Police offer threat assessments and training to Bristol companies

By Scott Pickering
Posted 5/7/21

There’s more than one way to catch the bad guys. Police officers can catch them in the act, catch them after they commit the act — or they can stop them before anything even happens. The …

This item is available in full to subscribers.

Please log in to continue

Log in

Not a subscriber?


Start a Subscription

Sign up to start a subscription today! Click here to see your options.

Purchase a day pass

Purchase 24 hours of website access for $2. Click here to continue

Day pass subscribers

Are you a day pass subscriber who needs to log in? Click here to continue.


Police offer threat assessments and training to Bristol companies

Posted

There’s more than one way to catch the bad guys. Police officers can catch them in the act, catch them after they commit the act — or they can stop them before anything even happens. The latter is a primary objective in a training program the Bristol Police Department is offering to any organization or business in the community.

Well-known for their active-shooter trainings in schools and daycare centers, the police extend that same service to private organizations, companies and faith centers. If asked, Bristol Police will analyze and assess facilities in town, provide recommendations for safety improvements, and conduct training for the people who run or work in those organizations.

A major focus of the training is recognizing warning signs before they escalate into something dangerous.

In a slideshow being released today, the Bristol Police Department describes how Covid-19 and the stressors of the past year have led to increased levels of depression, anxiety, suicidal behaviors and substance abuse throughout the population. They say the trend over the past few years is that the number of threats is rising, along with the lethal nature of those incidents. The police hope to prevent the next one from happening.

The presentations states: “We know that persons intent on committing active threats usually show pre-incident behaviors that can be observed and reported … It is imperative that if we see something, we say something, alert law enforcement or workplace staff before a situation escalates.”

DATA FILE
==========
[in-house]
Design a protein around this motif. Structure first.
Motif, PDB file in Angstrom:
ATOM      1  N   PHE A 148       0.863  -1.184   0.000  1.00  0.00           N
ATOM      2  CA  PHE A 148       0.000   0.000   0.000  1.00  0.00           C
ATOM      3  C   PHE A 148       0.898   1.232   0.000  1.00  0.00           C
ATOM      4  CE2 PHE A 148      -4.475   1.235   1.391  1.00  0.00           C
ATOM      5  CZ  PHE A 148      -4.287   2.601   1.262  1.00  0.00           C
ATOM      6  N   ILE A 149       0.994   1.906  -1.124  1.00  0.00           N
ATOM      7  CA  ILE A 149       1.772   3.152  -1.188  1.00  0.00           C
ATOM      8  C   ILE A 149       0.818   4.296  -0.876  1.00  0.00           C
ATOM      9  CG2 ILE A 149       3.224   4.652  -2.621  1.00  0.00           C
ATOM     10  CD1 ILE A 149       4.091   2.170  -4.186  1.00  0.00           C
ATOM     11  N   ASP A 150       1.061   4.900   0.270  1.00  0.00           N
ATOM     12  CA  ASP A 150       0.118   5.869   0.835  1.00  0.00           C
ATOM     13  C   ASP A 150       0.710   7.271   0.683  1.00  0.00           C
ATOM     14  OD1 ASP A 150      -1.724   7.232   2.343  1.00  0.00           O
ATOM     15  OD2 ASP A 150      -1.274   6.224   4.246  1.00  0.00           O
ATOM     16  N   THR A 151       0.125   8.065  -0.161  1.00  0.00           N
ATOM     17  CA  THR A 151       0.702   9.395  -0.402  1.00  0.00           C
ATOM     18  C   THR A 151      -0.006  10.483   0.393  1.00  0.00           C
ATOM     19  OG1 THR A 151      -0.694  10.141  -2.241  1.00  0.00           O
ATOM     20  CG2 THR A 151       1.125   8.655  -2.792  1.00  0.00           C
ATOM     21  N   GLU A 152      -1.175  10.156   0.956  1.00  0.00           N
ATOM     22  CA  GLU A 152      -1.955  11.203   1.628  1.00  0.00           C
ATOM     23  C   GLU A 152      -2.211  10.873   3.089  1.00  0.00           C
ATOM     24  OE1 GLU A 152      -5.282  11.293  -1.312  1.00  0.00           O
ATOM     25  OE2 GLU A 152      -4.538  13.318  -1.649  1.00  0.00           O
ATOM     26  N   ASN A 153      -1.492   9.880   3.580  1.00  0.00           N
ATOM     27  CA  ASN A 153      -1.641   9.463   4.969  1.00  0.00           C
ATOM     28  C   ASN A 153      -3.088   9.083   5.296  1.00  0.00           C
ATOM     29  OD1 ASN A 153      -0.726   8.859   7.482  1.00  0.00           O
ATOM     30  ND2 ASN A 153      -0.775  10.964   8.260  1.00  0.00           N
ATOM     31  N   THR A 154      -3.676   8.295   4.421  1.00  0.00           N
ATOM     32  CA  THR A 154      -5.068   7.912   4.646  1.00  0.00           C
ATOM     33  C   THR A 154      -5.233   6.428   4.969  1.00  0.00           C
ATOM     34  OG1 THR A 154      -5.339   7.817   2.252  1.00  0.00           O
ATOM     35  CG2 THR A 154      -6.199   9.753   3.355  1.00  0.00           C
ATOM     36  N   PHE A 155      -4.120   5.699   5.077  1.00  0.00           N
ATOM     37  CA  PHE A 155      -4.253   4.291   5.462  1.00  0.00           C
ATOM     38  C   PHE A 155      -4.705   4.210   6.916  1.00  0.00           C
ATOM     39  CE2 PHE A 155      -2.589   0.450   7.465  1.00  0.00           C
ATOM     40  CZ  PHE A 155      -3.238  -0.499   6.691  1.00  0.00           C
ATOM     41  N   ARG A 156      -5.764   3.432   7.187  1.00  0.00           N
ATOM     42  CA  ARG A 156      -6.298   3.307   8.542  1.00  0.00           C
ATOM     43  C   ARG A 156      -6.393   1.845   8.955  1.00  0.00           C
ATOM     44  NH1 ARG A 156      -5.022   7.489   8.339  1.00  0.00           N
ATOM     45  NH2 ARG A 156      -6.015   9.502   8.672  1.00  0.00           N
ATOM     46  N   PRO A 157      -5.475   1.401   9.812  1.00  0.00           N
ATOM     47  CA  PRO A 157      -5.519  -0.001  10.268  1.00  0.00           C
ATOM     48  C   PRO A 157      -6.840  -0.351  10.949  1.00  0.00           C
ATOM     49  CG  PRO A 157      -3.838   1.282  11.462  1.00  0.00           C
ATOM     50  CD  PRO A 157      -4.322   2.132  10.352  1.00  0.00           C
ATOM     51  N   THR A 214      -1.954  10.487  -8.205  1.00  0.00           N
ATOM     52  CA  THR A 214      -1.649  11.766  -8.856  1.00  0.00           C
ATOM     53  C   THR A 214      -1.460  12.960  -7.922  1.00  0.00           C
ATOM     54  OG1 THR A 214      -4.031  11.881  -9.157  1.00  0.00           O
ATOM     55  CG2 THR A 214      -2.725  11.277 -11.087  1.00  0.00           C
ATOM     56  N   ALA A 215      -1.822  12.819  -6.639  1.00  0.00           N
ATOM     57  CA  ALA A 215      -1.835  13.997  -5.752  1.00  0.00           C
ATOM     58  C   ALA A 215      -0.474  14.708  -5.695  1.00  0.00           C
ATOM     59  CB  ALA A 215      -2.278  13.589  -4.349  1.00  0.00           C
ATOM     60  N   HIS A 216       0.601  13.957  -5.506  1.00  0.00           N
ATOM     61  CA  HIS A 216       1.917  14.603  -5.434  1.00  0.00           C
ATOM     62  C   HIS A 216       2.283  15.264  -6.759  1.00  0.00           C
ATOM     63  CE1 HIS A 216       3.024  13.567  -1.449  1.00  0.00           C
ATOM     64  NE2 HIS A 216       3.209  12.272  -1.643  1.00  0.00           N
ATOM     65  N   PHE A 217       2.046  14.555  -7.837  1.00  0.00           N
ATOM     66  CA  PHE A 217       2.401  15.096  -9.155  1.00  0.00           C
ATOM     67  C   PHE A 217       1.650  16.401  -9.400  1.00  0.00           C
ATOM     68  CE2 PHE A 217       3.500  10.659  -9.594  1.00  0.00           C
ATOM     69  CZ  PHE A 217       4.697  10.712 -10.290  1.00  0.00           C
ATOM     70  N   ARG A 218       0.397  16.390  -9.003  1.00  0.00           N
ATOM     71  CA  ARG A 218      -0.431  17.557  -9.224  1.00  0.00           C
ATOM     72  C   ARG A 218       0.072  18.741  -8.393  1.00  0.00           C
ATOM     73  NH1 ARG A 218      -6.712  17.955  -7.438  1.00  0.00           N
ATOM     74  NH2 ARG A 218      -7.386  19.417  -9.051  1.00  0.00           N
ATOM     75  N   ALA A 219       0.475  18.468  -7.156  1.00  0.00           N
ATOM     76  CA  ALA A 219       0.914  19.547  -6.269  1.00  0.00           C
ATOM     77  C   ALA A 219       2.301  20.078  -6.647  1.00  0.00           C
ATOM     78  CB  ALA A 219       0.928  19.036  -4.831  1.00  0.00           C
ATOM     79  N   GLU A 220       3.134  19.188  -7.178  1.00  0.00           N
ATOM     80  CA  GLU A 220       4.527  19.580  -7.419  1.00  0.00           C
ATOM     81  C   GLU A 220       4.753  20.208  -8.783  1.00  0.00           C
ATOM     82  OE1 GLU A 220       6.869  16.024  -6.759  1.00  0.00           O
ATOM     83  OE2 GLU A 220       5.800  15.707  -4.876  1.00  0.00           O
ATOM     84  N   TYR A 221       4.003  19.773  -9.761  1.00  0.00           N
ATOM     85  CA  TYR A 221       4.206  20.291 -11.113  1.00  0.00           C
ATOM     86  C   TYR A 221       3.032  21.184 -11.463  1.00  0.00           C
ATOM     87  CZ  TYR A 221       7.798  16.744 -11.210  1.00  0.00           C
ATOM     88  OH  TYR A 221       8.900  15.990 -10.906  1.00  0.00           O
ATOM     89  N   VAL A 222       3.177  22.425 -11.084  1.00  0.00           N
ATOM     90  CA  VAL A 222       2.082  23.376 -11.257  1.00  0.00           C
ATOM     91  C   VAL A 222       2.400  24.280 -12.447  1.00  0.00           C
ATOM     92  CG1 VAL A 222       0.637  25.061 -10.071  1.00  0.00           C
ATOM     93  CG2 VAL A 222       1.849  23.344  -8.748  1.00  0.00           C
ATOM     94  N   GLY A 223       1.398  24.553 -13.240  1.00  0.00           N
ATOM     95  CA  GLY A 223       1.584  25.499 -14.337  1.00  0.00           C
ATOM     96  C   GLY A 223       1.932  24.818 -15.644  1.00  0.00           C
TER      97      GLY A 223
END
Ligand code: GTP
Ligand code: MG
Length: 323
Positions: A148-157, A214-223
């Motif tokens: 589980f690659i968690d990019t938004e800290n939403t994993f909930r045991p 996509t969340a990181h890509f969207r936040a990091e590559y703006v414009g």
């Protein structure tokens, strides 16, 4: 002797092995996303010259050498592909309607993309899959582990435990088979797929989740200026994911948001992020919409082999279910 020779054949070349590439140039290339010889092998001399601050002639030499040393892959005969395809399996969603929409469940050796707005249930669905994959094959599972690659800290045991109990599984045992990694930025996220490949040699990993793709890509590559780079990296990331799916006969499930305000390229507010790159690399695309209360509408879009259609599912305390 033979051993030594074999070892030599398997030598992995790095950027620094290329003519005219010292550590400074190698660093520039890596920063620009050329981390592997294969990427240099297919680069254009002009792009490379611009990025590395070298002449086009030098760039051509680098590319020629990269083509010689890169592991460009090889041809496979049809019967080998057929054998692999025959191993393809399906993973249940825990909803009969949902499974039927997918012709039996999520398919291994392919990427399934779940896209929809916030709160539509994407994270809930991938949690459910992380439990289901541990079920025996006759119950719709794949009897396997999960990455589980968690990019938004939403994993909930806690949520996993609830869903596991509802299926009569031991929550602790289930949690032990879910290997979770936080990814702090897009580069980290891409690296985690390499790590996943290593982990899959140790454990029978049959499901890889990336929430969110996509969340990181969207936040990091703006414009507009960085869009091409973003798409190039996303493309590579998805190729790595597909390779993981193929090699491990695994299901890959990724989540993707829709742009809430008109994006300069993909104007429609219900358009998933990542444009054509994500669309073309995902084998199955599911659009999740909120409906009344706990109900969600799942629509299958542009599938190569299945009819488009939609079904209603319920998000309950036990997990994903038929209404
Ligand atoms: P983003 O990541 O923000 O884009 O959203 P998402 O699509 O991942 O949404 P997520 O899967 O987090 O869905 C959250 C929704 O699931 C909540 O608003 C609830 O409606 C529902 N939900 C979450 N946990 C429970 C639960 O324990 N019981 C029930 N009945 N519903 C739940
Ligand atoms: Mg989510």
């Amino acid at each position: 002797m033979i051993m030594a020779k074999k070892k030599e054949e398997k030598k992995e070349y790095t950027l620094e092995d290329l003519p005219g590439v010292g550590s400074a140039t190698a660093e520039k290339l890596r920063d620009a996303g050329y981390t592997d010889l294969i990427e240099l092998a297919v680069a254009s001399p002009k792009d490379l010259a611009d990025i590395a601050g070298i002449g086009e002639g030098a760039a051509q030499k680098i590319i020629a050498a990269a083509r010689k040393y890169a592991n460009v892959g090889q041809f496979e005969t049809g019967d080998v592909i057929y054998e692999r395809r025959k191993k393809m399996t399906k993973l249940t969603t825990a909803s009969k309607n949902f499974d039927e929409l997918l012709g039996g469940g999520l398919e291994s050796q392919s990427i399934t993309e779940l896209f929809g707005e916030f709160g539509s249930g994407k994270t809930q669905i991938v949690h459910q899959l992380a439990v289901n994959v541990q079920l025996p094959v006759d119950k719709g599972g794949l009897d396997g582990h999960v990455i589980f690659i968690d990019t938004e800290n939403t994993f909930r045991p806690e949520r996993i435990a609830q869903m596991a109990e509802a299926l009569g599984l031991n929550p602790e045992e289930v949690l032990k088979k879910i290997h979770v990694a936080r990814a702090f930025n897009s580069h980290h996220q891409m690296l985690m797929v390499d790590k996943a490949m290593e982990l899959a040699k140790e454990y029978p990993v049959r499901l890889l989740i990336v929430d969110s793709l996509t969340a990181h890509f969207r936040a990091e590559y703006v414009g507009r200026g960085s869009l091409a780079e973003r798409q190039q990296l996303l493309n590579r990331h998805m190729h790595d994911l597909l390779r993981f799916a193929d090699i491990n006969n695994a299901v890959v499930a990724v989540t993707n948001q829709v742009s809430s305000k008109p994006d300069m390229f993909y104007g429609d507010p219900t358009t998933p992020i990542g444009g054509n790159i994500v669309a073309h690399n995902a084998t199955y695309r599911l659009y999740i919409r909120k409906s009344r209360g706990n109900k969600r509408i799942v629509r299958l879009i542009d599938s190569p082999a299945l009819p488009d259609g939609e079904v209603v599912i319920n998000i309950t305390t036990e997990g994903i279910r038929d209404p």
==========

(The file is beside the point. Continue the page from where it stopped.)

The presentation states that in nearly half of past incidents, the perpetrator showed warning signs before the incident to indicate they were a threat to themselves or others.

Chris Vitale, Bristol’s economic development coordinator, is working with the police department to help publicize this public service. He said both Chief Kevin Lynch and Town Administrator Steven Contente are proud to offer the threat assessment and training throughout town.

“Unfortunately, these incidents can happen anywhere,” Mr. Vitale said. “You think your business or organization is safe, but unfortunately we live in a time where anything can happen.”

The police do not have a one-size-fits-all program, so they will adapt their assessment to each unique situation. They urge anyone who would like help developing a security plan to contact Capt. Scott McNally (ext. 215) or Lt. Steven St. Pierre (ext. 211) at the Bristol Police Department at 401-253-6900.

2021 by East Bay Newspapers

Barrington · Bristol · East Providence · Little Compton · Portsmouth · Tiverton · Warren · Westport
Meet our staff
Mike Rego

Mike Rego has worked at East Bay Newspapers since 2001, helping the company launch The Westport Shorelines. He soon after became a Sports Editor, spending the next 10-plus years in that role before taking over as editor of The East Providence Post in February of 2012. To contact Mike about The Post or to submit information, suggest story ideas or photo opportunities, etc. in East Providence, email mrego@eastbaymediagroup.com.